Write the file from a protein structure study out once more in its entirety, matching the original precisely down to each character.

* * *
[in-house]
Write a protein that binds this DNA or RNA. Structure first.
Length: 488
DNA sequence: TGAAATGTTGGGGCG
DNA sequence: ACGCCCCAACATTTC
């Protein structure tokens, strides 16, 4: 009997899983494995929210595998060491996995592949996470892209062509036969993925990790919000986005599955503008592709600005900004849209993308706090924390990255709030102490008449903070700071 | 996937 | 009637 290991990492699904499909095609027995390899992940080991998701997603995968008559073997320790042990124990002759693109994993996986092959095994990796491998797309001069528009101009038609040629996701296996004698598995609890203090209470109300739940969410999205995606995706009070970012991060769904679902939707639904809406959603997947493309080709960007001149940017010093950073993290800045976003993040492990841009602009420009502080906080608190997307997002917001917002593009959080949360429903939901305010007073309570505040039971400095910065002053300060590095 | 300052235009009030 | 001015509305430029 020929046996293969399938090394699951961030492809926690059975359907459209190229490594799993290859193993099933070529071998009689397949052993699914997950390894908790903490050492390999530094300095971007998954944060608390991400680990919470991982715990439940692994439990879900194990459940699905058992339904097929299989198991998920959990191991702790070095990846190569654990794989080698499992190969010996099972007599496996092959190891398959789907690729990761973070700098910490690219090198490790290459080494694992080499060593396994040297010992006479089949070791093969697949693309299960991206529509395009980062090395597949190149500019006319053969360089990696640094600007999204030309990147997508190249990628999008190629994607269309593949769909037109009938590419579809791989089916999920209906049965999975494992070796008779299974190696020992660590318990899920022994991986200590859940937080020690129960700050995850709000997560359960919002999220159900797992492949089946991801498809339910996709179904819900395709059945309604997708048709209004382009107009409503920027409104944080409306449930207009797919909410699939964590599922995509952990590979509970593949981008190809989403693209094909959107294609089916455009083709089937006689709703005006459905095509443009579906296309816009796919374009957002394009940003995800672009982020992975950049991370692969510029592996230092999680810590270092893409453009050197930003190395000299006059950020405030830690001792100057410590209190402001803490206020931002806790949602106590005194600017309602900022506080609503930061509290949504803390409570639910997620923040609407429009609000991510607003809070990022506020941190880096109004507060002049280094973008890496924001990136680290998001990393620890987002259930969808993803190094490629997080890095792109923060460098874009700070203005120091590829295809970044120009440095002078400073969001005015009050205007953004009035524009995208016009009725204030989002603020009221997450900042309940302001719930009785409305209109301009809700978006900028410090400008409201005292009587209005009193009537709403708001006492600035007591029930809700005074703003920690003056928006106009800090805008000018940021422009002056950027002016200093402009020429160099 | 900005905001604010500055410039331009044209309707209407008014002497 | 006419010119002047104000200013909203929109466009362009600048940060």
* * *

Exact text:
[in-house]
Write a protein that binds this DNA or RNA. Structure first.
Length: 488
DNA sequence: TGAAATGTTGGGGCG
DNA sequence: ACGCCCCAACATTTC
């Protein structure tokens, strides 16, 4: 009997899983494995929210595998060491996995592949996470892209062509036969993925990790919000986005599955503008592709600005900004849209993308706090924390990255709030102490008449903070700071 | 996937 | 009637 290991990492699904499909095609027995390899992940080991998701997603995968008559073997320790042990124990002759693109994993996986092959095994990796491998797309001069528009101009038609040629996701296996004698598995609890203090209470109300739940969410999205995606995706009070970012991060769904679902939707639904809406959603997947493309080709960007001149940017010093950073993290800045976003993040492990841009602009420009502080906080608190997307997002917001917002593009959080949360429903939901305010007073309570505040039971400095910065002053300060590095 | 300052235009009030 | 001015509305430029 020929046996293969399938090394699951961030492809926690059975359907459209190229490594799993290859193993099933070529071998009689397949052993699914997950390894908790903490050492390999530094300095971007998954944060608390991400680990919470991982715990439940692994439990879900194990459940699905058992339904097929299989198991998920959990191991702790070095990846190569654990794989080698499992190969010996099972007599496996092959190891398959789907690729990761973070700098910490690219090198490790290459080494694992080499060593396994040297010992006479089949070791093969697949693309299960991206529509395009980062090395597949190149500019006319053969360089990696640094600007999204030309990147997508190249990628999008190629994607269309593949769909037109009938590419579809791989089916999920209906049965999975494992070796008779299974190696020992660590318990899920022994991986200590859940937080020690129960700050995850709000997560359960919002999220159900797992492949089946991801498809339910996709179904819900395709059945309604997708048709209004382009107009409503920027409104944080409306449930207009797919909410699939964590599922995509952990590979509970593949981008190809989403693209094909959107294609089916455009083709089937006689709703005006459905095509443009579906296309816009796919374009957002394009940003995800672009982020992975950049991370692969510029592996230092999680810590270092893409453009050197930003190395000299006059950020405030830690001792100057410590209190402001803490206020931002806790949602106590005194600017309602900022506080609503930061509290949504803390409570639910997620923040609407429009609000991510607003809070990022506020941190880096109004507060002049280094973008890496924001990136680290998001990393620890987002259930969808993803190094490629997080890095792109923060460098874009700070203005120091590829295809970044120009440095002078400073969001005015009050205007953004009035524009995208016009009725204030989002603020009221997450900042309940302001719930009785409305209109301009809700978006900028410090400008409201005292009587209005009193009537709403708001006492600035007591029930809700005074703003920690003056928006106009800090805008000018940021422009002056950027002016200093402009020429160099 | 900005905001604010500055410039331009044209309707209407008014002497 | 006419010119002047104000200013909203929109466009362009600048940060």